"But," the commentator continues, "there seems to be a new distaste in the Bush administration for negotiated deals with Russia as an equal partner, despite the president's promise to consult both allies and Russia as he moves to denounce the Anti-Ballistic Missile Treaty so that the United States can build the system it forbids. [Bush] considers the treaty a Cold War relic which 'does not recognize the present or point us to the future' but 'enshrines the past.' Still," she writes, the treaty "remains as the most important symbol of relations between two powers, and it continues to have great significance for Moscow. It would be a serious mistake to show disdain because Russia no longer seems frightening. Besides," Lewis adds, "all those weapons are still there."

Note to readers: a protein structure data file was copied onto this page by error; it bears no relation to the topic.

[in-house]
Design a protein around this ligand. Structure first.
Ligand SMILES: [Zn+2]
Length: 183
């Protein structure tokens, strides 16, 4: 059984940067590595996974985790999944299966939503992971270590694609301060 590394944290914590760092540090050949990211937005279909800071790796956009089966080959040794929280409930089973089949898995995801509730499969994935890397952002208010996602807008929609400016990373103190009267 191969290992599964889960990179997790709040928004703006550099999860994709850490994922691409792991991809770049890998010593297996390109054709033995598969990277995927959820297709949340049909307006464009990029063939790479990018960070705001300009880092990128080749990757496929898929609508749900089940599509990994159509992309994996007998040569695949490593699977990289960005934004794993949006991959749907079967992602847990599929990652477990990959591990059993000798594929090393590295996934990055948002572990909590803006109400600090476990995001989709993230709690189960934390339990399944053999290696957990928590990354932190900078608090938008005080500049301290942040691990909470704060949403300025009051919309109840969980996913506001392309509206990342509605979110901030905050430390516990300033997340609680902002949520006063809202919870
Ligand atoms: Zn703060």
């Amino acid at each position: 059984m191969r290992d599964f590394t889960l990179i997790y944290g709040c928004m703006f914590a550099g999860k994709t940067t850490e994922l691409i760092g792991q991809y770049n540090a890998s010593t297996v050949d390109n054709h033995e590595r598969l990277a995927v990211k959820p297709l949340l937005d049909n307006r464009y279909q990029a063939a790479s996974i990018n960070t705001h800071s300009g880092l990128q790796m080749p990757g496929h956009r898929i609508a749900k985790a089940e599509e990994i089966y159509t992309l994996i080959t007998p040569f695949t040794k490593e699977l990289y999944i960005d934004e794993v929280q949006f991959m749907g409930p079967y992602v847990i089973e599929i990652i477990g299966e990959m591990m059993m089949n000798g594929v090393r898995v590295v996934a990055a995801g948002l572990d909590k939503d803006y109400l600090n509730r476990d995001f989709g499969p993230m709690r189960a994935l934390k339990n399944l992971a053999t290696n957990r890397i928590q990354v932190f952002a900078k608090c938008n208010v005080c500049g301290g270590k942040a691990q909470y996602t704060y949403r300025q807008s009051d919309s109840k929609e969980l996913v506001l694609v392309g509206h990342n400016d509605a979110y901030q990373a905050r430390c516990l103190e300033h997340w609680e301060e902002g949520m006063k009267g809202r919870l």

She concludes: "Mr. Bush calls on the rest of the world 'to rethink the unthinkable' and move away from the kind of confrontational thought which characterized the Cold War. But rather than advancing another mind-set seeking benefits from cooperative security, he seems to be inventing a new kind of unthinkable which makes American security depend on a control of space that is beyond America's means if it is to be complete and short of effectiveness if it is incomplete. The United States should get on with lessening danger by getting rid of excess nuclear weapons and persuading Russia to do the same."
WALL STREET JOURNAL EUROPE: